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Member postings for Mick B1

Here is a list of all the postings Mick B1 has made in our forums. Click on a thread name to jump to the thread.

Thread: Lathe tooling
23/07/2019 17:18:44
Posted by Howard Lewis on 23/07/2019 16:14:29:

One of the advantages of Tangential Turning Tools is that the toolbit is simple to grind. Literally, one face. The toolbit is clamped in the jig and the top surface ground.

Refit toolbit to holder, set to centre height, and resume cutting metal. The Holder sets all the clearance angles for you.

As Sergei (the Meerkat ) would say "Simples"

Howard

But it won't do special forms. Once you get the hang of it, rakes and clearances just go in automatically, without any special thought. You can keep the meerkat.

23/07/2019 16:04:11

IMO time spent learning to grind drills and HSS tools offhand pays off most handsomely.

You can work up a great variety of form tools to generate almost any detail shape you might want on a turned part. I have about 20 for various partial radii, corner undercuts in hard-to-acess areas, screwthreading and vee-grooving, combined chamfers and grooves, etc.

It might cost you a day or two, and half-a-dozen or so failures - maybe I don't remember the 70s that well - but I'm certainly glad I took the trouble now.

You'll need a dressing stone, and maybe later a diamond-tipped stick, to keep your grinding wheels clean and straight. I've found that I replace my bench grinder every couple of decades, but with cheap-end ones I use, that doesn't hurt.

Thread: Key ring project
22/07/2019 21:36:51

Heat it carefully and it'll go an amazing blue.

Edited By Mick B1 on 22/07/2019 21:37:30

Thread: Solving Engineering Mistakes
22/07/2019 16:55:12

Fixing your errors in a sound and practical manner is one of the things engineering is about.

Everybody makes them, but not everybody owns up.

If the side plate step is where I think it is, some sort of shim 20 thou thick should work, but you need a way to stop it slipping out. I think I'd try drilling and tapping a couple of (say) 5 BA or M3-ish holes through both sideplate and shim and put screws or studs in to anchor it. Don't think you can have them protruding on the inside, so you'll need an exact length and Loctite 271 or suchlike would probably help. Whether you can remove invisibly or otherwise disguise the outer ends, countersink, or just leave them visible, is largely an aesthetic/social decision.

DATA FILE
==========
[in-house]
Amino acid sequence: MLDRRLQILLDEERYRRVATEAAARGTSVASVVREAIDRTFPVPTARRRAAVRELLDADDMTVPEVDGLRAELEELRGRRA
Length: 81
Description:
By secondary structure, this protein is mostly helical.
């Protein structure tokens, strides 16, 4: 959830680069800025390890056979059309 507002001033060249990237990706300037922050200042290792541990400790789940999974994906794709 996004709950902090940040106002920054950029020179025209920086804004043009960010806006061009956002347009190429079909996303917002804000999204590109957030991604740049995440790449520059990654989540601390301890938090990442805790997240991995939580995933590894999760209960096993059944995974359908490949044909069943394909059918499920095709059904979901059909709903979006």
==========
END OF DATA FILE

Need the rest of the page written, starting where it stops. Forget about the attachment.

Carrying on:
I'm sure there are other solutions: quot homines, tot sententiae. wink

Edited By Mick B1 on 22/07/2019 16:56:52

Thread: Lathe tooling
22/07/2019 09:52:31

Almost anything will do!

I've used paper and cardboard, plastic and metal packing strip that came with items in the post, bits of 5 and 10 thou shim, pieces of hacksaw blade with the tooth set ground off and I don't know what else.

The toolpost on my Warco WM250V will take 12mm tools too, but what I've made is a packing piece from a piece of 1/2" square section BDMS with a step 0.250" thick and the same wide milled into it. Then I only need shim to offset anything I've ground off the top of an HSS tool, and my 2 Glanze tools (8mm shanks milled down to 1/4" ) fit straight in without further packing.

There'll be people telling you to buy a Quick Change Tool Post, and when I was doing this for a living they did often save time and faffing about. But the ones I used were difficult to cock over at an angle to get into awkard corners so you needed a bigger selection of tools. I've not bothered to find out if that's the case for the common model engineering variants, 'cos I'm not doing for this for pay and I cope easily with I've got.

Edited By Mick B1 on 22/07/2019 09:53:50

Thread: What mills have you had
21/07/2019 17:30:43

I worked a few mills in the 70s - a biggish Varnamo vertical and a couple of Bridgeports. I still use a Bridgeport clone when I do volunteer work for the railway.

But I've never had one of my own. I use a vertical slide in my lathe, and so far I've been able to do everything I needed. I'd certainly like a mill, but it'll probably have to be a bench-sized one to fit the space and budget I have.

Thread: What lathes have you had?
21/07/2019 14:33:27

In the 70s as a turner, I used Elliotts, Wyverns, Colchesters, Harrisons, Binns & Berrys, some of them several sizes and models, and probably a few others I've forgotten.

My first 'own' lathe was an Emco Unimat 3, 1980 - 2000.

I had a Myford Speed 10 from 2000 to 2015.